What a year it's been. Wow. My Notie Kari said this would be my year - I hoped she was right, but I doubted her. Sometimes it seemed like too much to hope for, the idea that all my hopes and wishes would come to fruition. But she was right. 2012 was my year. My best so far.
It started off with me in a funk. I was sad and depressed - there'd been no proposal from Jimi at Christmas, and I wasn't pregnant. I didn't see either scenario changing any time in the near future, and I sank into a quagmire of feeling sorry for myself. My body was broken and my sweetheart wasn't in any hurry to make me his wife. Woe was me.
Winter wasn't all bad, though. Stacy had a baby in January, and watching her grow has been amazing. We babysat her when she was just over six months old and starting to move around, and in a true dumbass moment, we left her alone on our bed - and she rolled off of it onto the floor. *facepalm* She survived without damage, though. Thank goodness. A few weeks ago, I got to be the first to hold her one Saturday morning, and she wrapped her little arms around my neck and hugged me so tight - my heart melted all over the floor. If it felt that amazing to get that love from my niece, I can't imagine how it'll feel to get the same from my own child.
In February, I spent a weekend in Nashville with Kim, Tracey, and Angela. It was the first time I've done a girls' weekend, and it was a total blast.
I don't know exactly when my mood started to lift, but when I look back on the year, it feels like the sun came up at my birthday. Jimi knocked it out of the park - a great gift (Kindle Fire) that was completely unexpected, and a surprise overnight trip to Indianapolis to stay at a swanky adults-only hotel specifically designed with lovin' in mind. (Sybaris - if there's one near you, GO! I can't encourage it enough. It's amazing.) It was only one night, but it's amazing what one full night of concentrating on nothing but your partner can do for a relationship - it felt like we reconnected. I think my mind reset itself, and remembered to focus on the awesome that we have together every day, rather than the idea of how I'd come to believe it had to be in order for complete happiness to exist. I felt the stress fall away, the pressure fade, and I fell in love all over.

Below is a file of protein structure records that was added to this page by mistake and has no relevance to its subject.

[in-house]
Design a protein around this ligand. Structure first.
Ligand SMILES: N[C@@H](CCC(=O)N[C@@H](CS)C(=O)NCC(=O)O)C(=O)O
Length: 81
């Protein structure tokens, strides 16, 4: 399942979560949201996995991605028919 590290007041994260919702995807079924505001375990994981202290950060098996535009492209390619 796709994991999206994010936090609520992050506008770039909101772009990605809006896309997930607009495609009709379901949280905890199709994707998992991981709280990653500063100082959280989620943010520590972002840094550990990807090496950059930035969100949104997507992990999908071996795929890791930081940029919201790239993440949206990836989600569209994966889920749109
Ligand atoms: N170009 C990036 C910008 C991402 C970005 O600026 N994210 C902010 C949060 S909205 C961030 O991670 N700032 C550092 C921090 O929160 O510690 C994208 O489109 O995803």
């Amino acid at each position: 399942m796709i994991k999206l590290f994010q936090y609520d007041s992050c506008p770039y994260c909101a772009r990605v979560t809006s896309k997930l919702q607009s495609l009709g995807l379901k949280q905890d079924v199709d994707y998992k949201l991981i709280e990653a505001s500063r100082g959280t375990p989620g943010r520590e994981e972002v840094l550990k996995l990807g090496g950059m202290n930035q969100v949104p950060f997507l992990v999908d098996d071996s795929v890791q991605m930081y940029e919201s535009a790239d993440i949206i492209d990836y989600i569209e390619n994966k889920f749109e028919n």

During the winter and spring, I attended boot camp classes, the last round with Melinda, and as I saw my body changing, I started to gain some self-confidence. If I couldn't get pregnant, I could at least get a rockin' hot body. I was becoming comfortable in my own skin, moreso than I'd ever been in my life, and I felt good. I felt strong.
In May, we went to the Kentucky Derby with my Daddy, and I cashed my first-ever winning ticket. I was saddened by the state of my Daddy's health - I hadn't realized before then how hard it is for him to breathe well - but we had a good day and I enjoyed it very much.
At the beginning of June, we went on our first (of two) canoe outing of the year - a six-mile float down the Elkhorn River. I'd sworn the previous year I'd never canoe the Elkhorn again, and I should've followed my first impression - the water level was terribly low and we probably carried our boat 3 miles out of the six. It was a long, exhausting day, but I was strong from boot camp and felt like a badass hauling that boat around the rocky dry river.
Days after our canoe trip, I got the shock of a lifetime. The night before I expected my usually-regular period to arrive, I put my hand on my lower belly and thought about how much I would love to find out I was pregnant, and I felt something. It wasn't a physical movement or anything, but more like a mini-explosion inside the spot where my hand lay. I don't know how to describe it. If you could imagine the way it'd feel to be touched with a magic wand, maybe that's what it'd be like. I fell asleep thinking maybe this month would be it, but I didn't dare allow myself to get hopeful. When I woke the next morning, Jimi was in the shower downstairs. I couldn't resist - I took one of the pregnancy tests I kept on hand out of the bathroom closet and went to the upstairs bathroom to do my monthly pee-on-a-stick routine, not expecting results to be any different than they'd been each month for the previous year. When that second faint line showed up, I couldn't believe it. No Fucking Way! I kept staring at it, waiting for my vision to clear and my eyes to right themselves and show me that my wishful thinking was causing me to imagine things, but that second line stayed. My stomach turning and heart racing, I made my way to the downstairs bathroom, where Jimi was still in the shower. "Baby?" I said as I opened the shower curtain and held out the stick, "I think maybe I'm pregnant." He wiped the water out of his eyes to look at what I was showing him. I think we were both afraid to get too excited - we'd been through this before and it had ended in heartbreak. But this was different. This time wasn't that time. I'm sitting here typing this with aching wrists and numb fingers caused by pregnancy-induced Carpal Tunnel, occasionally patting or rubbing my swollen belly where I'm growing our baby girl, and I'm reminded just how very different things are this time.